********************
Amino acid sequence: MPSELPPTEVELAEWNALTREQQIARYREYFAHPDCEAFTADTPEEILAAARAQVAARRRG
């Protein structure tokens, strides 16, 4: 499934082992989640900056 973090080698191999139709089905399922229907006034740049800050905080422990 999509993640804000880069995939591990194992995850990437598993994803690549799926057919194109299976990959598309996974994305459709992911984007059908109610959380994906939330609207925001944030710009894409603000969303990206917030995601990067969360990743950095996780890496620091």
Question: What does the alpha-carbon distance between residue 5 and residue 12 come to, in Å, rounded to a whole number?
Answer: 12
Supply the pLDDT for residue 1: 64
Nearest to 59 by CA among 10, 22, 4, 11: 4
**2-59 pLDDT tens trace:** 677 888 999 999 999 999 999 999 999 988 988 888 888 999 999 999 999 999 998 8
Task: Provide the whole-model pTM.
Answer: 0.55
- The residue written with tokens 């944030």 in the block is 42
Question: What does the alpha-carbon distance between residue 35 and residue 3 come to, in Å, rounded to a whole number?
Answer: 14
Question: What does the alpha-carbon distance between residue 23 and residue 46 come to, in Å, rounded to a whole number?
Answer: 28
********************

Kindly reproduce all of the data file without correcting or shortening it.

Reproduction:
Amino acid sequence: MPSELPPTEVELAEWNALTREQQIARYREYFAHPDCEAFTADTPEEILAAARAQVAARRRG
């Protein structure tokens, strides 16, 4: 499934082992989640900056 973090080698191999139709089905399922229907006034740049800050905080422990 999509993640804000880069995939591990194992995850990437598993994803690549799926057919194109299976990959598309996974994305459709992911984007059908109610959380994906939330609207925001944030710009894409603000969303990206917030995601990067969360990743950095996780890496620091």
Question: What does the alpha-carbon distance between residue 5 and residue 12 come to, in Å, rounded to a whole number?
Answer: 12
Supply the pLDDT for residue 1: 64
Nearest to 59 by CA among 10, 22, 4, 11: 4
**2-59 pLDDT tens trace:** 677 888 999 999 999 999 999 999 999 988 988 888 888 999 999 999 999 999 998 8
Task: Provide the whole-model pTM.
Answer: 0.55
- The residue written with tokens 């944030």 in the block is 42
Question: What does the alpha-carbon distance between residue 35 and residue 3 come to, in Å, rounded to a whole number?
Answer: 14
Question: What does the alpha-carbon distance between residue 23 and residue 46 come to, in Å, rounded to a whole number?
Answer: 28